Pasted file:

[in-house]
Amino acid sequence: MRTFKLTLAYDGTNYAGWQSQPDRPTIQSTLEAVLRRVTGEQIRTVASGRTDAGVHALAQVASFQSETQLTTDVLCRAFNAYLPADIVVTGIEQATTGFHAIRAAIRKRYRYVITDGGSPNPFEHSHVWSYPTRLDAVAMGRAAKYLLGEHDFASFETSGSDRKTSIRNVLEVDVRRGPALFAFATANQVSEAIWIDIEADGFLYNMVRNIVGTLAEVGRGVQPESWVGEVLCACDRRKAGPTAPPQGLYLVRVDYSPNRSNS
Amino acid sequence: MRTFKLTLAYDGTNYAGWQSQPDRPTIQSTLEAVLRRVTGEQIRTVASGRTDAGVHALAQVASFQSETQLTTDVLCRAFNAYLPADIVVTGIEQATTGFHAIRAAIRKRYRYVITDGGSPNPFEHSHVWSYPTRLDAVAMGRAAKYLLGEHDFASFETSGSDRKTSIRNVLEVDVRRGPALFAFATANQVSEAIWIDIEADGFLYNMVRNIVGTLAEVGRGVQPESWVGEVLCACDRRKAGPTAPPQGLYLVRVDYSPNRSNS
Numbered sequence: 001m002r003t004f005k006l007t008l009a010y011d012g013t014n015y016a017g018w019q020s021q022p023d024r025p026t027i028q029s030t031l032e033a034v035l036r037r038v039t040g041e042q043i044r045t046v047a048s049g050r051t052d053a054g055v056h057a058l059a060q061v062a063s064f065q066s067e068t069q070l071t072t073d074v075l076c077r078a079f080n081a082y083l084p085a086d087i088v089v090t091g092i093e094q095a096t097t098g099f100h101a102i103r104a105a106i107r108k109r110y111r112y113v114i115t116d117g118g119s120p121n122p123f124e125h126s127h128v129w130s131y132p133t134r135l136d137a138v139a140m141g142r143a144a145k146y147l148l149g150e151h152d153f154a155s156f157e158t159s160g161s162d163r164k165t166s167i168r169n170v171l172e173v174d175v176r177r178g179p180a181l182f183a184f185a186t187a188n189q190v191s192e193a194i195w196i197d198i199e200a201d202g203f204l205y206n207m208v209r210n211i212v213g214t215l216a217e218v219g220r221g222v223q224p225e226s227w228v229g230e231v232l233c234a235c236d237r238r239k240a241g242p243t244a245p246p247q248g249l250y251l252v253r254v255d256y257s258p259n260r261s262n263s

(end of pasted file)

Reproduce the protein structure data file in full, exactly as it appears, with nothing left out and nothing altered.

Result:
[in-house]
Amino acid sequence: MRTFKLTLAYDGTNYAGWQSQPDRPTIQSTLEAVLRRVTGEQIRTVASGRTDAGVHALAQVASFQSETQLTTDVLCRAFNAYLPADIVVTGIEQATTGFHAIRAAIRKRYRYVITDGGSPNPFEHSHVWSYPTRLDAVAMGRAAKYLLGEHDFASFETSGSDRKTSIRNVLEVDVRRGPALFAFATANQVSEAIWIDIEADGFLYNMVRNIVGTLAEVGRGVQPESWVGEVLCACDRRKAGPTAPPQGLYLVRVDYSPNRSNS
Amino acid sequence: MRTFKLTLAYDGTNYAGWQSQPDRPTIQSTLEAVLRRVTGEQIRTVASGRTDAGVHALAQVASFQSETQLTTDVLCRAFNAYLPADIVVTGIEQATTGFHAIRAAIRKRYRYVITDGGSPNPFEHSHVWSYPTRLDAVAMGRAAKYLLGEHDFASFETSGSDRKTSIRNVLEVDVRRGPALFAFATANQVSEAIWIDIEADGFLYNMVRNIVGTLAEVGRGVQPESWVGEVLCACDRRKAGPTAPPQGLYLVRVDYSPNRSNS
Numbered sequence: 001m002r003t004f005k006l007t008l009a010y011d012g013t014n015y016a017g018w019q020s021q022p023d024r025p026t027i028q029s030t031l032e033a034v035l036r037r038v039t040g041e042q043i044r045t046v047a048s049g050r051t052d053a054g055v056h057a058l059a060q061v062a063s064f065q066s067e068t069q070l071t072t073d074v075l076c077r078a079f080n081a082y083l084p085a086d087i088v089v090t091g092i093e094q095a096t097t098g099f100h101a102i103r104a105a106i107r108k109r110y111r112y113v114i115t116d117g118g119s120p121n122p123f124e125h126s127h128v129w130s131y132p133t134r135l136d137a138v139a140m141g142r143a144a145k146y147l148l149g150e151h152d153f154a155s156f157e158t159s160g161s162d163r164k165t166s167i168r169n170v171l172e173v174d175v176r177r178g179p180a181l182f183a184f185a186t187a188n189q190v191s192e193a194i195w196i197d198i199e200a201d202g203f204l205y206n207m208v209r210n211i212v213g214t215l216a217e218v219g220r221g222v223q224p225e226s227w228v229g230e231v232l233c234a235c236d237r238r239k240a241g242p243t244a245p246p247q248g249l250y251l252v253r254v255d256y257s258p259n260r261s262n263s